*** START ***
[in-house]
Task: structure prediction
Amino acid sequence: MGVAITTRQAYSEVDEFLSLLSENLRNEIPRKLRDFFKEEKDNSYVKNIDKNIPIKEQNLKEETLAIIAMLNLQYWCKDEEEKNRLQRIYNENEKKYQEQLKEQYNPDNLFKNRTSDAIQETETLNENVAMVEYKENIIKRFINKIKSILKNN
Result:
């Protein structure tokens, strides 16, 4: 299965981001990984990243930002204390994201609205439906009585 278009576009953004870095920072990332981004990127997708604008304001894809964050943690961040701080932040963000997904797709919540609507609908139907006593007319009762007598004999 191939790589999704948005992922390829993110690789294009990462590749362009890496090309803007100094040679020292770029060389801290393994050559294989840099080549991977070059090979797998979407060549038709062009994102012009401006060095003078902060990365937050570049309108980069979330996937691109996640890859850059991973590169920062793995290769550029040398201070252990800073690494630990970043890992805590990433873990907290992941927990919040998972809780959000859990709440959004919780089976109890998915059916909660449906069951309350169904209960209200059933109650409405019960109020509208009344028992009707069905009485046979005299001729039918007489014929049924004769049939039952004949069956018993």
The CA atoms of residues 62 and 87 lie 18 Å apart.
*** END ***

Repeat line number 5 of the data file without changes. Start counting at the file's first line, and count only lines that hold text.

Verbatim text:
């Protein structure tokens, strides 16, 4: 299965981001990984990243930002204390994201609205439906009585 278009576009953004870095920072990332981004990127997708604008304001894809964050943690961040701080932040963000997904797709919540609507609908139907006593007319009762007598004999 191939790589999704948005992922390829993110690789294009990462590749362009890496090309803007100094040679020292770029060389801290393994050559294989840099080549991977070059090979797998979407060549038709062009994102012009401006060095003078902060990365937050570049309108980069979330996937691109996640890859850059991973590169920062793995290769550029040398201070252990800073690494630990970043890992805590990433873990907290992941927990919040998972809780959000859990709440959004919780089976109890998915059916909660449906069951309350169904209960209200059933109650409405019960109020509208009344028992009707069905009485046979005299001729039918007489014929049924004769049939039952004949069956018993």